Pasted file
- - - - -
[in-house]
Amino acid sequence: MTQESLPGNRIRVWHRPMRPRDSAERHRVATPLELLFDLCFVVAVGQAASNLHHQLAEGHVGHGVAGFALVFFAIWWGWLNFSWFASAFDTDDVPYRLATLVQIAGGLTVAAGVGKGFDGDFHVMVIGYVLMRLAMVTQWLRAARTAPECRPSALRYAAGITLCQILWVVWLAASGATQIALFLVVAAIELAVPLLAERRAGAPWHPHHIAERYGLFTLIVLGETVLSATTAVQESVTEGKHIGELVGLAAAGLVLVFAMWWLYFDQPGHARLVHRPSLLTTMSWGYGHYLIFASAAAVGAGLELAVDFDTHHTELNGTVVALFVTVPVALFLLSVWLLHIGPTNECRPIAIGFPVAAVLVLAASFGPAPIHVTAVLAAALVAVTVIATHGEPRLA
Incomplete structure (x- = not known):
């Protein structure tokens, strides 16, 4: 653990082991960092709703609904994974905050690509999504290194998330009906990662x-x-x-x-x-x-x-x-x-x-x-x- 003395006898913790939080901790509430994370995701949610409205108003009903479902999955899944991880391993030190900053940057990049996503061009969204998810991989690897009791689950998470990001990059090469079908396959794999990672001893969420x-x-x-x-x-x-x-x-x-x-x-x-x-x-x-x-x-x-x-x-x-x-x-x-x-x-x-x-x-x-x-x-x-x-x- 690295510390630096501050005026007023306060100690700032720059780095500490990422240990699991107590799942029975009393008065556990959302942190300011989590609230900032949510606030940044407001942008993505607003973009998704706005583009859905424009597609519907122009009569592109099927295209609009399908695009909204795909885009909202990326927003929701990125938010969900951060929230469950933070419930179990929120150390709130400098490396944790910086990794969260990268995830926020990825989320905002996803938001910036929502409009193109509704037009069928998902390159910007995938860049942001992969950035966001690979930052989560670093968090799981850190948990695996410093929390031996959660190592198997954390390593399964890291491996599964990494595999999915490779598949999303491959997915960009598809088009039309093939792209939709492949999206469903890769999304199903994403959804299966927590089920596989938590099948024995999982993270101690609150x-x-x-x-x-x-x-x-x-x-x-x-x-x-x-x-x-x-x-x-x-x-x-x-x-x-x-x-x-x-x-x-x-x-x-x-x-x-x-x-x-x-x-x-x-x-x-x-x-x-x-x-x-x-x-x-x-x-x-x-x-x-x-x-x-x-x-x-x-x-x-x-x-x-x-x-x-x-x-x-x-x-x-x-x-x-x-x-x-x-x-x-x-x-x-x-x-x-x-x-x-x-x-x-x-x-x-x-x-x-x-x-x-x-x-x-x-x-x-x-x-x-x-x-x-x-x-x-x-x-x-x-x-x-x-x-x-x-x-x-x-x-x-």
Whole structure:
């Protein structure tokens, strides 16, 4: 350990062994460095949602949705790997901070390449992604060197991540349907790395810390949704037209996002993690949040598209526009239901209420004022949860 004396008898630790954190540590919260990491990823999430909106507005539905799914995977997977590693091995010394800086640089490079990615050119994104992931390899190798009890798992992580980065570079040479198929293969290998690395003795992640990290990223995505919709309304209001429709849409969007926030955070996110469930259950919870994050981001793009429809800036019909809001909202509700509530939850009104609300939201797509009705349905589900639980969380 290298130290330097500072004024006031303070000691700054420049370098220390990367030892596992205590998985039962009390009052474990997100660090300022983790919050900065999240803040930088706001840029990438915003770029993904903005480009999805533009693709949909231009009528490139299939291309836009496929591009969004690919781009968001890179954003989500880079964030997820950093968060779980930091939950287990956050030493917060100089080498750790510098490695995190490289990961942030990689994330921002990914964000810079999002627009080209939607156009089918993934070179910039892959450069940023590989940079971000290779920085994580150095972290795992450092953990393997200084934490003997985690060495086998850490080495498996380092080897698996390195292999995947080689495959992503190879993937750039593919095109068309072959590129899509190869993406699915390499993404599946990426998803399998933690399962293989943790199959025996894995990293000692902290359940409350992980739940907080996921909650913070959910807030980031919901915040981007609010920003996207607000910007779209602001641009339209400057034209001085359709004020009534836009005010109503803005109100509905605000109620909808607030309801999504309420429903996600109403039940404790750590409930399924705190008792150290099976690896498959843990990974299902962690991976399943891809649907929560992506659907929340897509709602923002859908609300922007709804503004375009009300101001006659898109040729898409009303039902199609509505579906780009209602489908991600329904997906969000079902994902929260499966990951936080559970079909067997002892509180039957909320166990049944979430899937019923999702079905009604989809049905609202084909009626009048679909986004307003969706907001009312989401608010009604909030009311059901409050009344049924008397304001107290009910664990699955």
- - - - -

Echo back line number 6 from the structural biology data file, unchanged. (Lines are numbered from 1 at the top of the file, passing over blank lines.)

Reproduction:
């Protein structure tokens, strides 16, 4: 350990062994460095949602949705790997901070390449992604060197991540349907790395810390949704037209996002993690949040598209526009239901209420004022949860 004396008898630790954190540590919260990491990823999430909106507005539905799914995977997977590693091995010394800086640089490079990615050119994104992931390899190798009890798992992580980065570079040479198929293969290998690395003795992640990290990223995505919709309304209001429709849409969007926030955070996110469930259950919870994050981001793009429809800036019909809001909202509700509530939850009104609300939201797509009705349905589900639980969380 290298130290330097500072004024006031303070000691700054420049370098220390990367030892596992205590998985039962009390009052474990997100660090300022983790919050900065999240803040930088706001840029990438915003770029993904903005480009999805533009693709949909231009009528490139299939291309836009496929591009969004690919781009968001890179954003989500880079964030997820950093968060779980930091939950287990956050030493917060100089080498750790510098490695995190490289990961942030990689994330921002990914964000810079999002627009080209939607156009089918993934070179910039892959450069940023590989940079971000290779920085994580150095972290795992450092953990393997200084934490003997985690060495086998850490080495498996380092080897698996390195292999995947080689495959992503190879993937750039593919095109068309072959590129899509190869993406699915390499993404599946990426998803399998933690399962293989943790199959025996894995990293000692902290359940409350992980739940907080996921909650913070959910807030980031919901915040981007609010920003996207607000910007779209602001641009339209400057034209001085359709004020009534836009005010109503803005109100509905605000109620909808607030309801999504309420429903996600109403039940404790750590409930399924705190008792150290099976690896498959843990990974299902962690991976399943891809649907929560992506659907929340897509709602923002859908609300922007709804503004375009009300101001006659898109040729898409009303039902199609509505579906780009209602489908991600329904997906969000079902994902929260499966990951936080559970079909067997002892509180039957909320166990049944979430899937019923999702079905009604989809049905609202084909009626009048679909986004307003969706907001009312989401608010009604909030009311059901409050009344049924008397304001107290009910664990699955």